JANUARY 31 2003
New or supplemental CP must be compatible with existing CP systems.
New Piping Systems. Corrosion control by coating supplemented with
cathodic protection, or by some other proven method, should be provided in the initial
design and maintained during the service life of the piping system, unless investigations
indicates that corrosion control is not required. Consideration should be given to the
construction of pipelines in a manner that facilitates the use of in-line inspection tools.
Whenever non-metallic or plastic pipes, joints, valves or other components
are used in a metallic distribution system, an insulated No. 8 AWG copper wire, must be
thermite-welded to the existing steel section and run the length of the new non-metallic
section. This wire can be used as a locator tracer wire and to maintain continuity to any
future steel gas main extension.
Existing Piping Systems
Coated. Cathodic protection should be provided and maintained, unless
investigations indicate that cathodic protection is not required.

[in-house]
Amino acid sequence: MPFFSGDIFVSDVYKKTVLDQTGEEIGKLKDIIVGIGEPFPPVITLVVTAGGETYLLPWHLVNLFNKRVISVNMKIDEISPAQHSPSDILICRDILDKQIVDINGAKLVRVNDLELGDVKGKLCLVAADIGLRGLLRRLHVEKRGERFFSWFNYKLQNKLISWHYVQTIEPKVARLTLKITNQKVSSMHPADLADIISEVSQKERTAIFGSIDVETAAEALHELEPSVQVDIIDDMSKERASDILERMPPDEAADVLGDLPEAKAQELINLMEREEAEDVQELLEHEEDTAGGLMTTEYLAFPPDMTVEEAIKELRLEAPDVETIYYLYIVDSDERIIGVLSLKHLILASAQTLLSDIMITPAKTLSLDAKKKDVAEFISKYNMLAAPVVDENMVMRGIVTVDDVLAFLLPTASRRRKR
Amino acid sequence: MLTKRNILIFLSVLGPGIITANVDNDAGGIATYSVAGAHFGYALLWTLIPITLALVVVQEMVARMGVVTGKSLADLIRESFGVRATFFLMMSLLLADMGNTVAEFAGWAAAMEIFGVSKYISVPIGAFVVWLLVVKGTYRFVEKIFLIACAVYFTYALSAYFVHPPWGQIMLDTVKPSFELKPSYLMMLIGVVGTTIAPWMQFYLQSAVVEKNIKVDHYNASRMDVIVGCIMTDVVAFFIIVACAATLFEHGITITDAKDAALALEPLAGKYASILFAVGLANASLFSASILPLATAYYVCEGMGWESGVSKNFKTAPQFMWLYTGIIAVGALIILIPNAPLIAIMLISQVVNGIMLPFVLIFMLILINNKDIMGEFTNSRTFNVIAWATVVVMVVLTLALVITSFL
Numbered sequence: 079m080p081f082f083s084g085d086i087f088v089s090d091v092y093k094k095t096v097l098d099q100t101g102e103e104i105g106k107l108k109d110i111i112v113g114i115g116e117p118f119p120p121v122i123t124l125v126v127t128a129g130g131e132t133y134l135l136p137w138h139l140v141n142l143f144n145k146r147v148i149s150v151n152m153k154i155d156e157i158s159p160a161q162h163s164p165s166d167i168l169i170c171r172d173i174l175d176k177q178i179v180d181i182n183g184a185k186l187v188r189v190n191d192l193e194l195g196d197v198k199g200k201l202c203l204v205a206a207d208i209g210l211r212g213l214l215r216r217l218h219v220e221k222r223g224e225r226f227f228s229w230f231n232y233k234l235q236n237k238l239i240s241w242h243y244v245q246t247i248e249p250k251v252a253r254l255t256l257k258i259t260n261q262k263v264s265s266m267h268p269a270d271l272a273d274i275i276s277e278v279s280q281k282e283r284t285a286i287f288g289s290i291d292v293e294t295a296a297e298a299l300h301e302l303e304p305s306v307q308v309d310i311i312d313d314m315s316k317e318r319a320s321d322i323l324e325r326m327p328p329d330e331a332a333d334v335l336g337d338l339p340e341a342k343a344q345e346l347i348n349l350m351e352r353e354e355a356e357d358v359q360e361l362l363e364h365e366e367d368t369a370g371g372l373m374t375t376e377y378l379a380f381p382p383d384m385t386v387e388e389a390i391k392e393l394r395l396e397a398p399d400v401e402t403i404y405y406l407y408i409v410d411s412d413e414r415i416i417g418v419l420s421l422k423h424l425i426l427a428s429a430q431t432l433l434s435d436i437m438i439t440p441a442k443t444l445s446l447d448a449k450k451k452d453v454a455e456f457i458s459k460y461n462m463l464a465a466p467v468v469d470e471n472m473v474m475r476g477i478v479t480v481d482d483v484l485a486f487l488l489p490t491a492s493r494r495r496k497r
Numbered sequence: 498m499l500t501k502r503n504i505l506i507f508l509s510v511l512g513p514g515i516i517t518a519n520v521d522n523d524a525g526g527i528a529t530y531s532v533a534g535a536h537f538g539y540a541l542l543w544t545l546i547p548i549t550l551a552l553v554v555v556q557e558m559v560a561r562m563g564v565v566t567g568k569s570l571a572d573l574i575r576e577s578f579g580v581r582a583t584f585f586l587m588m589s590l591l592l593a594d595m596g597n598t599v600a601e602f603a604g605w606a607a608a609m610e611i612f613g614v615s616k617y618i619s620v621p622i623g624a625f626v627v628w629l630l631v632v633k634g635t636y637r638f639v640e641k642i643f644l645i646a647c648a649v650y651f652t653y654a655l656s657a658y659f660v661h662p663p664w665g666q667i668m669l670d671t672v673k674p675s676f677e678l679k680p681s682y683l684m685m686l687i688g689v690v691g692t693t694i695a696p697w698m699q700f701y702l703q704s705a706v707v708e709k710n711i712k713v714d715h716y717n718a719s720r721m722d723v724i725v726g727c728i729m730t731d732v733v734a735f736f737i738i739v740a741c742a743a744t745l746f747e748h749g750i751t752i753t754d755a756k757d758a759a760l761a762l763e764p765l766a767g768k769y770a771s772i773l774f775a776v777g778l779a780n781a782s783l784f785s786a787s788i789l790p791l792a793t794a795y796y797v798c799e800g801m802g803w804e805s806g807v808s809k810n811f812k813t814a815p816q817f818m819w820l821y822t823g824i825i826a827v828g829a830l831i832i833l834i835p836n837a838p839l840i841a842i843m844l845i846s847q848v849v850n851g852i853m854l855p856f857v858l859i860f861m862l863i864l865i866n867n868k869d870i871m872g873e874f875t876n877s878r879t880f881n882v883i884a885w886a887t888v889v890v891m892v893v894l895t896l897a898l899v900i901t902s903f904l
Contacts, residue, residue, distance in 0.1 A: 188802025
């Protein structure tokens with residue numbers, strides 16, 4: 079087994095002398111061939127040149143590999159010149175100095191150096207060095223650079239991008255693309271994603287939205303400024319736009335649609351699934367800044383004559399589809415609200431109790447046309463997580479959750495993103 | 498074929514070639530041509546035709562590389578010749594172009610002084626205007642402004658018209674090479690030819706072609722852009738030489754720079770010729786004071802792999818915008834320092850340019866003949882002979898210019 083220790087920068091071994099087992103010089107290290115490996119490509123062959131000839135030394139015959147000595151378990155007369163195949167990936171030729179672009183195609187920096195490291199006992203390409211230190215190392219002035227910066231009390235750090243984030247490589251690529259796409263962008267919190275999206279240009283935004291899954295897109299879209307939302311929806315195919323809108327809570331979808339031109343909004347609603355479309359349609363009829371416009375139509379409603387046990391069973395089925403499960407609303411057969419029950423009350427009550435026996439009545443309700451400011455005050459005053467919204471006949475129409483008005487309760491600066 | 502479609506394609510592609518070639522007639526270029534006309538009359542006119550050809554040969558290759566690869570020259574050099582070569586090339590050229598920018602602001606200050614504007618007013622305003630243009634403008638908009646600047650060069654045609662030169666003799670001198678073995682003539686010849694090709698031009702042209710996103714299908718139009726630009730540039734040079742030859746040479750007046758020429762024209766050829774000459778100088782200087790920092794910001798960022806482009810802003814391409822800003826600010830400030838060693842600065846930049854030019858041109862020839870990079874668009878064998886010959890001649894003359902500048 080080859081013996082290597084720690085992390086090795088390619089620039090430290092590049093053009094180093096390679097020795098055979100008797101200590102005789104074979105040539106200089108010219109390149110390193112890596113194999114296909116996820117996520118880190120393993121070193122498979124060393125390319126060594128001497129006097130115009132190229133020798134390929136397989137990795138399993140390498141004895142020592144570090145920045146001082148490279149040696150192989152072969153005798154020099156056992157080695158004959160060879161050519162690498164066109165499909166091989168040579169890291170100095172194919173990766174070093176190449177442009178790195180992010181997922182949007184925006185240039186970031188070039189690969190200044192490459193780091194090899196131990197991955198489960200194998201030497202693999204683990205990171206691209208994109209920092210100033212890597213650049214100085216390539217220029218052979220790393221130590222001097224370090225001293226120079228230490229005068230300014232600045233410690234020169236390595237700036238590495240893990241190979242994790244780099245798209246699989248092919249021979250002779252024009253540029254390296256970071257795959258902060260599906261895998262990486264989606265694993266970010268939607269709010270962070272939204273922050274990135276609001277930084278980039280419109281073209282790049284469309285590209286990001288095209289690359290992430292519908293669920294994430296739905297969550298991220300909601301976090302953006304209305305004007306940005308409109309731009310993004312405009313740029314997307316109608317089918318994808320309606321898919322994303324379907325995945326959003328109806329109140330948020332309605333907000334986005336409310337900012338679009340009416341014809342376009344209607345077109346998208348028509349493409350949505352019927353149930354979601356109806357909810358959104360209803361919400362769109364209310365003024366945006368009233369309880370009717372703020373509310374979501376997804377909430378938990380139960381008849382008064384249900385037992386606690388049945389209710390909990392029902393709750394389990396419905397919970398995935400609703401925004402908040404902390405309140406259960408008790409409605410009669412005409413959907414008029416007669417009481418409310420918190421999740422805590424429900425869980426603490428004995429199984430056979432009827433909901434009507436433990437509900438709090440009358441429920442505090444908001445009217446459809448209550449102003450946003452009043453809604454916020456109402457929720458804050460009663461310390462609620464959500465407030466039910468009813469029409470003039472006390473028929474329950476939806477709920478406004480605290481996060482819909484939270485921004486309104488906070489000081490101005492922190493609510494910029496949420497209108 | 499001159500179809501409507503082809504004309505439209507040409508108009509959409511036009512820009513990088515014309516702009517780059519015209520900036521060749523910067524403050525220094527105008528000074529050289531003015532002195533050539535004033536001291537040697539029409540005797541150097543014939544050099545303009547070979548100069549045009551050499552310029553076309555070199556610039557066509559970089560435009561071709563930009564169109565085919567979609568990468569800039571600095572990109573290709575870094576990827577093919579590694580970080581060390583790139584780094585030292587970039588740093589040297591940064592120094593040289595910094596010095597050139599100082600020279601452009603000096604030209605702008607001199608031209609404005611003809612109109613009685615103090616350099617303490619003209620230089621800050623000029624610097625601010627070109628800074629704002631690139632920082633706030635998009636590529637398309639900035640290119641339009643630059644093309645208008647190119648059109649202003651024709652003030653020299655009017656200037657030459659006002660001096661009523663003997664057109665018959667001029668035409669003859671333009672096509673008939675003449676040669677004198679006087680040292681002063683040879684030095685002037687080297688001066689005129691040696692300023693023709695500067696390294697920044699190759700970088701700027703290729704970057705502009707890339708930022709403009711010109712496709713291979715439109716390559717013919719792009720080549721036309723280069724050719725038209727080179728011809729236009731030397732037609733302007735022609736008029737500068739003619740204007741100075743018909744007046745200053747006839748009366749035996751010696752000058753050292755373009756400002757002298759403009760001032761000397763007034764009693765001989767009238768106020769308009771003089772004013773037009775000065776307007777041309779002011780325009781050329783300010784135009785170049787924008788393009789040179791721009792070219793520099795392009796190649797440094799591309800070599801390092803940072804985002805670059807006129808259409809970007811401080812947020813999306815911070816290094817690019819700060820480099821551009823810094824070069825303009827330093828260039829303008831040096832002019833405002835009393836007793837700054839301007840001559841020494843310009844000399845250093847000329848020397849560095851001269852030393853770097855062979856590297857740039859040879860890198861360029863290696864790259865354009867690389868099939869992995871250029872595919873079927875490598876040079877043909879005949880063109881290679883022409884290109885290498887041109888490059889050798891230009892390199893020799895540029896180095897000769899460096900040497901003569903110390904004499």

Bare. Studies should be made to determine the extent and rate of corrosion
on existing bare piping systems. When these studies indicate that corrosion will affect
the safe or economic operation of the system, adequate corrosion control measures
should be taken.
SYSTEMS NOT REQUIRING CATHODIC PROTECTION (EXISTING).
Aboveground tanks in contact with the earth built to present criteria (on an oil-filled sand
pad with plastic liner underneath) do not require CP. All other ferrous tanks in contact
with earth must be cathodically protected. All steel water distribution storage tanks
must be cathodically protected on the interior.
FIELD TESTS. CP system design must be based upon specific field tests
made at the proposed construction site. Tests include (but are not limited to) soil
corrosivity (resistivity) and water chemistry/corrosivity (pH).
DEVIATIONS. Special conditions sometimes exist where cathodic protection
is ineffective or only partially effective. Such conditions may include elevated
temperatures, disbonded coatings, thermal insulating coatings, shielding, bacterial
attack, and unusual contaminants in the electrolyte. Deviations may be acceptable in
specific situations provided that responsible corrosion control personnel can
demonstrate the criteria within this publication and MIL-HDBK-1004 are satisfied.